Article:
This article is presented to you by National Geographic Traveller (UK).
Poised along the gleaming turquoise coastline of the Mediterranean, the Valencia region stretches as a slender strip on Spain’s eastern coastline. It enjoys a perpetual blanket of sunshine and warmth all year round, with relatively mild winters and sweltering, occasionally humid, summers. Light sea breezes are the norm, and rainfall is a rarity. Not far from the bustling city of Valencia, you’ll find the verdant expanses of Albufera Natural Park. Christened as ‘the lake’ by Spain’s Moorish rulers in medieval times, the park’s freshwater lagoon is replenished by the Turia and Júcar rivers, nestling amidst forests, wetlands, and sprawling rice fields.
This fertile land nurtures the cultivation of paella rice and also marks the birthplace of the famous dish, traditionally a meal enjoyed by shepherds and land workers. But the Valencia region’s agricultural bounty doesn’t end with rice. Its river systems, rich soil, and humidity combine to support a vast array of fruits and vegetables. The region’s legendary oranges and other citrus fruits share the limelight with olives, tomatoes, sweet bell peppers, and plump garrofón (a variety of butter bean). Its coastal position also serves up a generous array of seafood and fish, with prawns, mussels, eels, and cod among the delicacies.
The Moorish influence is still evident in the region’s use of spices like saffron, lending a vibrant orange tint and distinct flavor to culinary creations. Another local staple, pimentón — Spanish paprika — is derived from dried peppers often smoked over an oak fire. Paella skillfully merges these spices with the finest regional produce. While celebrated as Spain’s national dish, paella is quintessentially Valencian, with several distinct variations. The classic Paella Valenciana is a crowd-pleaser, but seafood enthusiasts will undoubtedly savor the arroz del senyoret, a rich medley of squid, prawns, mussels, and rice cooked in a hearty stock.
Arrocerias, the local rice eateries, boast spacious worktops designed to accommodate the large pans required to prepare paella. Some chefs prefer cooking over vast gas burners, while others opt for the smoky accent imparted by fires made from sarmiento (vine shoot cuttings). An absolute treat to the palate.
The book, Paella, The Original One-Pan Dish: Over 50 Recipes for the Spanish Classic by Omar Allibhoy, is available via Quadrille (£18).
Omar Allibhoy is a respected name in Spanish cuisine, being the founder of Tapas Revolution restaurants and the author of the book Paella.
- Paella Valenciana
This aromatic, saffron-infused rice dish holds an almost religious significance for the Valencianos (Valencia natives). Debates over its proper preparation are common, but the consensus points towards chicken, rabbit, runner beans, and garrofónes, all simmered with spiced rice. It is traditionally served with just a slice of lemon.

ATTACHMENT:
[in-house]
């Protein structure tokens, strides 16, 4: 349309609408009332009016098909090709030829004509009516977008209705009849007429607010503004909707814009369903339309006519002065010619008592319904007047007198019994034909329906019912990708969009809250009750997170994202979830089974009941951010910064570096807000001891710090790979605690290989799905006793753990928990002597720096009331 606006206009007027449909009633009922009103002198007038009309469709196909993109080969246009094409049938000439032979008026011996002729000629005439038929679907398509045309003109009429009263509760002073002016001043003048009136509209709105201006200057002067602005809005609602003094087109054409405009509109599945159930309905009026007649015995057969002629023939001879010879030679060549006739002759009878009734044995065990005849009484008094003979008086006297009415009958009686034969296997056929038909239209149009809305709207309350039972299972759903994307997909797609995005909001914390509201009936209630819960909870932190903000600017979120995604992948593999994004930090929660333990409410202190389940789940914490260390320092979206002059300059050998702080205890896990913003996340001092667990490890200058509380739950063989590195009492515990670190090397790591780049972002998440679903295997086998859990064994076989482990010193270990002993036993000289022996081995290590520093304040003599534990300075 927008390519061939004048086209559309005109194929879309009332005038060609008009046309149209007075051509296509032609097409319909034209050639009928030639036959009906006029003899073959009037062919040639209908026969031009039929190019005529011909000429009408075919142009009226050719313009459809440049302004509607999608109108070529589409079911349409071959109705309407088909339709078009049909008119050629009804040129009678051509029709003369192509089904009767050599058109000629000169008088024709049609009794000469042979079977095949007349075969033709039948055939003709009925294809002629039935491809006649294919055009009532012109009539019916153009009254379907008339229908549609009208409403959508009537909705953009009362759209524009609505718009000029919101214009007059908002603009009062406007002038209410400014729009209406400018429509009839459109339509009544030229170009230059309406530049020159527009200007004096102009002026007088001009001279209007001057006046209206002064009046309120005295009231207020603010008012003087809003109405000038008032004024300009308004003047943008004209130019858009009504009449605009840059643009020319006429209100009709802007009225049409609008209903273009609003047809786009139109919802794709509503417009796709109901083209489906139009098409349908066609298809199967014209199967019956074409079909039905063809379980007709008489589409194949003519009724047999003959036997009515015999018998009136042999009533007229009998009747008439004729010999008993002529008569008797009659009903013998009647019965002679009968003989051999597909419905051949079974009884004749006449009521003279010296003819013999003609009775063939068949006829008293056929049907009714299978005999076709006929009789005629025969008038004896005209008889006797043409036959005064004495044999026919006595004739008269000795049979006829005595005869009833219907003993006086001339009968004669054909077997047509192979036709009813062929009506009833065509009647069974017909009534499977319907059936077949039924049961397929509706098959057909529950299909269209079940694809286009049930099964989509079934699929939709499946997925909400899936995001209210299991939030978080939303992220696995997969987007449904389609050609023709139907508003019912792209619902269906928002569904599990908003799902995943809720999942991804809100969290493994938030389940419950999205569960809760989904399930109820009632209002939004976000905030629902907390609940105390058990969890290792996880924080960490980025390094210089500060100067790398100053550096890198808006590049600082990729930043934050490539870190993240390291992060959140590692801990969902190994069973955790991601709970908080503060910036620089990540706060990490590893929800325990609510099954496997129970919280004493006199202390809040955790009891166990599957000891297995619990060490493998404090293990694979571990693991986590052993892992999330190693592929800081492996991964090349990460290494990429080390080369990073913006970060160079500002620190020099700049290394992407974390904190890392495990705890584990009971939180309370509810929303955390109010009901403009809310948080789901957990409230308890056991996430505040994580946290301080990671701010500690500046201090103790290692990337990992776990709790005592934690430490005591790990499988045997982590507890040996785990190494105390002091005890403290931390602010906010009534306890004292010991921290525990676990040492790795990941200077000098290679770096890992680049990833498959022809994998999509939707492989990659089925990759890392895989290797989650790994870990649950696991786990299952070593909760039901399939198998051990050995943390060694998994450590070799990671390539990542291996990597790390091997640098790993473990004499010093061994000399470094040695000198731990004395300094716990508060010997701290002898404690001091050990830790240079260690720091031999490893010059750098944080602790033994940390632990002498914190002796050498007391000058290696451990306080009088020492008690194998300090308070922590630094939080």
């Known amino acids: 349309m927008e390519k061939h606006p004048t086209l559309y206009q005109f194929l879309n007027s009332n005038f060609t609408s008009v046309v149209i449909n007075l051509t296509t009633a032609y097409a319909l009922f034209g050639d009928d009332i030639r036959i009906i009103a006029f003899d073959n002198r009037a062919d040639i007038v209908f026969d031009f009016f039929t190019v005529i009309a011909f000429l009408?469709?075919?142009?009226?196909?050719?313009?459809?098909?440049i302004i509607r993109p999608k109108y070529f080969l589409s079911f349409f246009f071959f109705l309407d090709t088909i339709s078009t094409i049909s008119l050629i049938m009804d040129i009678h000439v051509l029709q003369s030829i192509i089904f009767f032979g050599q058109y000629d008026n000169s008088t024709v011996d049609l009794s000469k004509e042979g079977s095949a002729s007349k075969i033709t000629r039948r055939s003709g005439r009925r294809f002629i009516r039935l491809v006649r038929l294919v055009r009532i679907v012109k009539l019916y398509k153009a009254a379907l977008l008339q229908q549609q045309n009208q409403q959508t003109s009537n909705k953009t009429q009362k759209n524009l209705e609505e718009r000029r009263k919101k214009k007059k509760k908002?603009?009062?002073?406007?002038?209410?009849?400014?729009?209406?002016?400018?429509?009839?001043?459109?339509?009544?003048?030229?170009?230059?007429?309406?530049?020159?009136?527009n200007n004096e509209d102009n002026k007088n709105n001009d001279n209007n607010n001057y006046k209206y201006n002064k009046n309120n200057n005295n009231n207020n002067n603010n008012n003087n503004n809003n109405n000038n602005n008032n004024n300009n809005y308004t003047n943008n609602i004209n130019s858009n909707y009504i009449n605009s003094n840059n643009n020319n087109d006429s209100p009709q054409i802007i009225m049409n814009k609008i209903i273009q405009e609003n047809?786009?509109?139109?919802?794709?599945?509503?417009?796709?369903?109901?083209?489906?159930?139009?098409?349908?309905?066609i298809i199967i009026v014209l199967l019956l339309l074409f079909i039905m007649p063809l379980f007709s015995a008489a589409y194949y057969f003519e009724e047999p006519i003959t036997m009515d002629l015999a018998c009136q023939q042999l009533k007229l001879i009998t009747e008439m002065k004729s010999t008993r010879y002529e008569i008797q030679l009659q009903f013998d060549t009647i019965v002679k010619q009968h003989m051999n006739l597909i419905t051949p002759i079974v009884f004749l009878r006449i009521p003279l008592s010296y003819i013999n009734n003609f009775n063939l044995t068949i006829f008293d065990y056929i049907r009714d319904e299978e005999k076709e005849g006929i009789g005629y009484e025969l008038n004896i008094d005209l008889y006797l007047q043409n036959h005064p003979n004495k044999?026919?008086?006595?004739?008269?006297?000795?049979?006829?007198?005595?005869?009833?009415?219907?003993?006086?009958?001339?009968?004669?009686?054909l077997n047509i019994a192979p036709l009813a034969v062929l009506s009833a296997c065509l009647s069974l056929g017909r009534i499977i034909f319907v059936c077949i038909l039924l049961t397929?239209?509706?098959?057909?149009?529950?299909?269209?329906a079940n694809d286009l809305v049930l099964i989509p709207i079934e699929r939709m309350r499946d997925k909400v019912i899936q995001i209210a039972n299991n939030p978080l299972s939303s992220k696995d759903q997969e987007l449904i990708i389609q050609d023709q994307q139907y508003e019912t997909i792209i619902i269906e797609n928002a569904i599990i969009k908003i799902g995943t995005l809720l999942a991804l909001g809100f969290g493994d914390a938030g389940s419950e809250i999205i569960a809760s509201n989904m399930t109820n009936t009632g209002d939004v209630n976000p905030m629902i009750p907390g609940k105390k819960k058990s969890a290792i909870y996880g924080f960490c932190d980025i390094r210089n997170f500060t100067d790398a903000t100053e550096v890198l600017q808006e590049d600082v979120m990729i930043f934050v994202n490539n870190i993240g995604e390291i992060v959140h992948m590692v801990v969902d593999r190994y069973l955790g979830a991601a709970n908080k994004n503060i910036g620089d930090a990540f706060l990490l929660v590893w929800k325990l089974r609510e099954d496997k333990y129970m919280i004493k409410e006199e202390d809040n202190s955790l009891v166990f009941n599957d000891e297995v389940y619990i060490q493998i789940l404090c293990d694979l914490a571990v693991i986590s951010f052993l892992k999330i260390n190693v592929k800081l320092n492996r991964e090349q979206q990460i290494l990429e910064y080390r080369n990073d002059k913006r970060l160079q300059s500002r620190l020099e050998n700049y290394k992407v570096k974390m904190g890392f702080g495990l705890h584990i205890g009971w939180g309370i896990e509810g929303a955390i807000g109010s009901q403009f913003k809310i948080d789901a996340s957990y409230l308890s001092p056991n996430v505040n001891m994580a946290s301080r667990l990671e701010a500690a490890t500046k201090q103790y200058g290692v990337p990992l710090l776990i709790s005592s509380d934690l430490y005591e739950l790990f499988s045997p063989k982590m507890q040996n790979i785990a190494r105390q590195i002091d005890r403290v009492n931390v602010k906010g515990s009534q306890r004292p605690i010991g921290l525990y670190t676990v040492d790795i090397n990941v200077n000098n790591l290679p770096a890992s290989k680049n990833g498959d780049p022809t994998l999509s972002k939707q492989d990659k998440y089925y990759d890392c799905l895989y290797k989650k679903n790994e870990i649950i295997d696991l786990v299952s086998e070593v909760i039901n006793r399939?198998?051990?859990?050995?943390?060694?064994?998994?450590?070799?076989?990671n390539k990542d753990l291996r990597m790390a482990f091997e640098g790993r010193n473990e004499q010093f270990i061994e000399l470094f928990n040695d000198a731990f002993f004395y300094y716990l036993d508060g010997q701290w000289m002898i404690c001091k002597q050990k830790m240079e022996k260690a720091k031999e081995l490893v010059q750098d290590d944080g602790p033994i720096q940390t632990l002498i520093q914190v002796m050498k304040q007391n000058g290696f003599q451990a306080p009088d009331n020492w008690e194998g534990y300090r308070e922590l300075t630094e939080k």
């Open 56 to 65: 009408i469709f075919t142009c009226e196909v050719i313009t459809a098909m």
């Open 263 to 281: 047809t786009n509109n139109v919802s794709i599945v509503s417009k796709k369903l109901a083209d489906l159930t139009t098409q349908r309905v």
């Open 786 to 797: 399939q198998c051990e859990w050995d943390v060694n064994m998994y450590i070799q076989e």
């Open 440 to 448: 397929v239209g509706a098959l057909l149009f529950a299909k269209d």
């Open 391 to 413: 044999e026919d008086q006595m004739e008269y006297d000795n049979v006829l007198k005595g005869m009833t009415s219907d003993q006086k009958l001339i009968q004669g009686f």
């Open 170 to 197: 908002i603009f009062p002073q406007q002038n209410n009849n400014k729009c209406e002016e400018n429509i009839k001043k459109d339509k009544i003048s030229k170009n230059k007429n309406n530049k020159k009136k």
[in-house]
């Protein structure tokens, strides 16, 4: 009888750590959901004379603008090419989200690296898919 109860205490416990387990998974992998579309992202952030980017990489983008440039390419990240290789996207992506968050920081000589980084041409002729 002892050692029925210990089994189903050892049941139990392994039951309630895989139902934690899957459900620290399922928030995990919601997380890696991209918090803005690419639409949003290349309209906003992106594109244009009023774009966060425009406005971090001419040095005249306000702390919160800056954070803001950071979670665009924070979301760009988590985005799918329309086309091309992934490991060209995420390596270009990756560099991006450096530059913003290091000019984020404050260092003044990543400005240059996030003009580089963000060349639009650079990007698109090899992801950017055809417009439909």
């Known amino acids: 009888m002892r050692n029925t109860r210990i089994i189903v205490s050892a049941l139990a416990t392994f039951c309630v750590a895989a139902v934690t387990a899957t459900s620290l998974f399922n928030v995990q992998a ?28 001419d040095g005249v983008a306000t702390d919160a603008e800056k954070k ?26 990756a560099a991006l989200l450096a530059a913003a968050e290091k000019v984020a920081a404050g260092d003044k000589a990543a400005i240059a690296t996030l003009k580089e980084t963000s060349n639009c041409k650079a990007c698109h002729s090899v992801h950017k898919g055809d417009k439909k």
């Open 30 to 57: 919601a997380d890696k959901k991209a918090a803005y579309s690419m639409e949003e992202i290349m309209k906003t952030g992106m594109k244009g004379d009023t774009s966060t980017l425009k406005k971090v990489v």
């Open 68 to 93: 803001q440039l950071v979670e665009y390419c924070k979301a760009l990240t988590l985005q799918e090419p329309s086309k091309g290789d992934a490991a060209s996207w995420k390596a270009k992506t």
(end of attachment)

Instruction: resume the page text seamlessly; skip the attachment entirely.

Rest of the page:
- All i pebre de anguila
A visit to any Valencian fishmonger will reveal a tank filled with eels, the star ingredient in this traditional stew. The dish also boasts an abundance of potatoes, thickened with a rich paste of hazelnuts and fried bread.
While often found in paella restaurants, this dish distinguishes itself by substituting thin pasta strands for rice. The pasta is initially fried to preserve some crunch after cooking, and the dish typically showcases seafood.
The sweetness of Valencia oranges is unparalleled. They are best savored freshly juiced, but also grace a range of desserts from cakes to sorbets.
This article appeared in the Jul/Aug 2023 issue of National Geographic Traveller (UK).
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Frequently Asked Questions (FAQs) about Valencia Cuisine
What is the climate like in the Valencia region?
The Valencia region, located along Spain’s eastern coast, enjoys a warm, sunny climate throughout the year. Winters are typically mild, and summers can be hot and at times humid. Light sea breezes are common, and rainfall is relatively scarce.
What are some of the main agricultural products of Valencia?
Valencia is rich in fruit and vegetables due to its river systems, fertile soil, and humidity. The region is particularly famous for its oranges and other citrus fruits, but you’ll also find olives, tomatoes, sweet bell peppers, and plump garrofón (a type of butter bean) being cultivated here. Additionally, it’s where paella rice is grown.
What is the speciality dish of Valencia?
Paella is considered the speciality dish of Valencia. It comes in many versions, including the classic Paella Valenciana and the seafood-based arroz del senyoret. Paella blends local spices and produce, showcasing the best of Valencia’s rich agriculture and seafood.
Who is Omar Allibhoy?
Omar Allibhoy is the founder of Tapas Revolution restaurants and the author of the book “Paella, The Original One-Pan Dish: Over 50 Recipes for the Spanish Classic.”
What are some must-try dishes in Valencia?
Some must-try dishes in Valencia include Paella Valenciana, a saffron-infused rice dish with chicken, rabbit, runner beans, and garrofónes; All i pebre de anguila, a traditional eel stew with potatoes, thickened with a paste of hazelnuts and fried bread; and Fideuà, a pasta dish often found in paella restaurants that typically showcases seafood.
How are Valencia oranges used?
Valencia oranges, known for their unparalleled sweetness, are best enjoyed when freshly juiced. They also feature prominently in a range of desserts, including cakes and sorbets.